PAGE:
Avoiding Deer on the Road

05.01.15   Mark A. Halloway, OHST | More by this Author

Avoiding Deer on the Road

Deer don’t look both ways before crossing a road. Vehicle/deer collisions can cause serious injuries (even death) and significant property damage.

Tips to Help Avoid Collisions

  • First and foremost, always wear your seat belt! Most people injured in vehicle/deer crashes were not wearing their seat belts.
  • Slow down and drive defensively, particularly where deer-crossing signs are posted. Too many times, reports of collision are from people who were in a hurry to go somewhere and not keeping alert for the presence of deer. While driving in these areas, expand your field of vision beyond the road to see the road ditches and wood edges where deer might be standing. If you spot a deer anywhere near a road, immediately decelerate as safely as possible. A standing deer can suddenly panic and dart in any direction. Expect the deer to do the unexpected, like run out in front of your vehicle. Remember, deer often travel in groups so there may be others that you don't see. Use your vehicle’s horn to scare the deer away from the road. Be especially wary during spring and fall. In March and April, roadsides have some of the first greenery of the year available to hungry deer. In the fall season, harvested fields can provide a smorgasbord of snacks for a deer herd. Breeding activity in October and November prompts deer to move around more than usual.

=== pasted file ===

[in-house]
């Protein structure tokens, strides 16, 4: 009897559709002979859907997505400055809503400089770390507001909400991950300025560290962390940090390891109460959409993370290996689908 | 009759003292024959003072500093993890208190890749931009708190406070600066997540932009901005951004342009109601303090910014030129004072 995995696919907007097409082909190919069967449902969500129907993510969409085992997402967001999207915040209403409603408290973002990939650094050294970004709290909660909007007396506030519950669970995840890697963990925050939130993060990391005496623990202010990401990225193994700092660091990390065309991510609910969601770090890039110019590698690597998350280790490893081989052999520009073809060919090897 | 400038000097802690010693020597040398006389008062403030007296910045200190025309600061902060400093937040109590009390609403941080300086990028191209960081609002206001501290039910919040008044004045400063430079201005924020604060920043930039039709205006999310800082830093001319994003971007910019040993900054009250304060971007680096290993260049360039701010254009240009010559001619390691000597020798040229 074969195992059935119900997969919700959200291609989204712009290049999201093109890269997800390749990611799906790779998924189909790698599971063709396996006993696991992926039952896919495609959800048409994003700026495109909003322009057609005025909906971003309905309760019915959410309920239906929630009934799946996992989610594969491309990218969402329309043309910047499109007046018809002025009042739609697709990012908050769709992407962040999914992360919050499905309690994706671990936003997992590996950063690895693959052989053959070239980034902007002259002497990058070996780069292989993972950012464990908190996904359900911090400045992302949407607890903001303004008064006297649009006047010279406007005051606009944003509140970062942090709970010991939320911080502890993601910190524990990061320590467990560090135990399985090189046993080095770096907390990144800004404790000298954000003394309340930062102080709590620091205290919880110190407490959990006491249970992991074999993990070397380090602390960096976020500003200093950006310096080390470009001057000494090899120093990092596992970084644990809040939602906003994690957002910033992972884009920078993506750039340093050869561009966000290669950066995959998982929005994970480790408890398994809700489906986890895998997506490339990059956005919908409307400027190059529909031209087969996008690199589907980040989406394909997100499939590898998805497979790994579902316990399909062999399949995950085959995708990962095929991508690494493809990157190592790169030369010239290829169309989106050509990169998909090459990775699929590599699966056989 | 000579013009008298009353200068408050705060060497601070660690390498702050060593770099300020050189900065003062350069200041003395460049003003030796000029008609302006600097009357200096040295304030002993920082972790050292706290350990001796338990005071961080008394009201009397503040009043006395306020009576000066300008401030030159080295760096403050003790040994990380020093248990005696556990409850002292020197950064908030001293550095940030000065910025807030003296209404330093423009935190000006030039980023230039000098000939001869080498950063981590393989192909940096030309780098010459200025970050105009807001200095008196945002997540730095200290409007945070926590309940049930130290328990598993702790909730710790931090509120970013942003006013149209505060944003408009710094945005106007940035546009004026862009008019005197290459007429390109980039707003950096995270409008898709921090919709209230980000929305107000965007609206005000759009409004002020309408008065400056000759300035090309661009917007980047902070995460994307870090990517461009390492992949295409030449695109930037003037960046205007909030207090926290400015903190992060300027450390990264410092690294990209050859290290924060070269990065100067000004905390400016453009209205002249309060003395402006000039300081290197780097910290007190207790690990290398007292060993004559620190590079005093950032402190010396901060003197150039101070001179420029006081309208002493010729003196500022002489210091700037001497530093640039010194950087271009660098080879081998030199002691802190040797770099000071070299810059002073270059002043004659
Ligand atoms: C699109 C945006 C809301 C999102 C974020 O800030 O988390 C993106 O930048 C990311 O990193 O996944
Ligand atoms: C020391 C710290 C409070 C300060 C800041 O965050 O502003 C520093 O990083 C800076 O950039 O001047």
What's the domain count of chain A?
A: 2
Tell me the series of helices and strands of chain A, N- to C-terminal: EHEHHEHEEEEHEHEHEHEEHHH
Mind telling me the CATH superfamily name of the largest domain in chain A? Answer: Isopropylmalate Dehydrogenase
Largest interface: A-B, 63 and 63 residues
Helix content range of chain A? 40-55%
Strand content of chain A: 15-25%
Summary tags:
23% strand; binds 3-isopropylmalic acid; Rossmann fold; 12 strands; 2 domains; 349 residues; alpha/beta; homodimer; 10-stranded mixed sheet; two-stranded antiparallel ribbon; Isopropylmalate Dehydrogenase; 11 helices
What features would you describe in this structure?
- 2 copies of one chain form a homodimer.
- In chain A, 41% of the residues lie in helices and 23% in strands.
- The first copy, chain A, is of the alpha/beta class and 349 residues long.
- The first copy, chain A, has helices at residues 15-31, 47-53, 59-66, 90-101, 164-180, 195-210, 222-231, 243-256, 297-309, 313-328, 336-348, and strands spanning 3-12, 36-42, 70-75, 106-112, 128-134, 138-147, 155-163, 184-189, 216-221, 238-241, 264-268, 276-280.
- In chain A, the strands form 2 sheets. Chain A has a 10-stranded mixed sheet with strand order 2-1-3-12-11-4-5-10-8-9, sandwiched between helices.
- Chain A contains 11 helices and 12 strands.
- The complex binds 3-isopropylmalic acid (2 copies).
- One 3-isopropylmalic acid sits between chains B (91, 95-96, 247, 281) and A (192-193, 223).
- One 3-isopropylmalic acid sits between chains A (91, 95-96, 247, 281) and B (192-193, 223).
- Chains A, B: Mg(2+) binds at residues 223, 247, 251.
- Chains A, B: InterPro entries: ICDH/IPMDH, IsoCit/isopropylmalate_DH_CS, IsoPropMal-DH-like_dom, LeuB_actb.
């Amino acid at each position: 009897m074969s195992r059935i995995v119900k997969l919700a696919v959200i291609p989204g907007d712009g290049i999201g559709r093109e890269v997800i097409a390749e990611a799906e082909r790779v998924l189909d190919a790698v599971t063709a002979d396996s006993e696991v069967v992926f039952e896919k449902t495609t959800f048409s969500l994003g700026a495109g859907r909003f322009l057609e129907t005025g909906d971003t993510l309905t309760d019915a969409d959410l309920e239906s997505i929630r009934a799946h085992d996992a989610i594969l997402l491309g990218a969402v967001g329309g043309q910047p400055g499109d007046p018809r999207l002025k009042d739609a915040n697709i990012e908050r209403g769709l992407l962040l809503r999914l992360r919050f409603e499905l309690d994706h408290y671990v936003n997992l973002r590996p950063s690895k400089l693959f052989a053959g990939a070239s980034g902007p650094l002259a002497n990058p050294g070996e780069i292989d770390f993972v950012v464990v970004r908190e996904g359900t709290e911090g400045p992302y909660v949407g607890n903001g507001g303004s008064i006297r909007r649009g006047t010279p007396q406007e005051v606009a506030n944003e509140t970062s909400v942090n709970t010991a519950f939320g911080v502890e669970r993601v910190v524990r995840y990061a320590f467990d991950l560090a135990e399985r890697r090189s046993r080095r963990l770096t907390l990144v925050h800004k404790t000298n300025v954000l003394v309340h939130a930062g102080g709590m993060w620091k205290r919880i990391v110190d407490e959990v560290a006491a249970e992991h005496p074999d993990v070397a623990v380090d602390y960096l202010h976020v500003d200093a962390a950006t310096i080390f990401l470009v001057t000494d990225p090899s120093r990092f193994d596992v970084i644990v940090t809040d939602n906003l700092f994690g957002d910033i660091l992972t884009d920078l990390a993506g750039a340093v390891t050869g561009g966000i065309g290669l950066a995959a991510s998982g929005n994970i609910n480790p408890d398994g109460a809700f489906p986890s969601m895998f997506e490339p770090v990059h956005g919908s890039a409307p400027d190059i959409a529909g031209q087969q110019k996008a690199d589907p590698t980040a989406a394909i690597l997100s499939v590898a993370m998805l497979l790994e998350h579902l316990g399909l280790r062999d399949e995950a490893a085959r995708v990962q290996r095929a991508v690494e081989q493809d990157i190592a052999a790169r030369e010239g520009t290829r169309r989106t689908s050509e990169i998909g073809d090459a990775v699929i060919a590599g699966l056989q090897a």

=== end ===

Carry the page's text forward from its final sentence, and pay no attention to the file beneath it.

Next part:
• Use your lights. Drive with lights on during overcast days and use high beams at night whenever possible. Though headlights from a vehicle tend to confuse deer, the reflecting “night shine” from their eyes helps drivers to see them. Dawn and dusk are the most dangerous times. Low-light hours are when deer are moving most. Nights are especially hazardous because it's hard to see roadside deer until they dash into the headlights. The majority of car-deer incidents happen on two-lane, rural roads between 6:00 pm and 12:00 am, especially during the months of October, November and December.    

What To Do If You Are Going To Hit A Deer

Slow down, and grasp the steering wheel firmly, with both hands. Brake hard, without locking the wheels and skidding, and steer straight. Stay in your lane. Do not use extraordinary measures to avoid the deer. This could put you in greater danger by crossing lanes into oncoming traffic or by hitting things like trees or telephone poles.

What To Do If You Hit A Deer

Stop the vehicle safely, making sure you and any passengers are not hurt. If possible, move the vehicle to the right shoulder and turn on the hazard flashers. Do not approach the deer. You could be injured or forced into traffic by a thrashing animal. Report the crash to the police and your insurance company as soon as possible.

Do not attempt to kill an injured deer or take it before a police officer issues you a highway killed deer permit. Illegal possession of a deer is a misdemeanor punishable by jail, and/or a fine plus the loss of future hunting privileges.

TAGS: Safety

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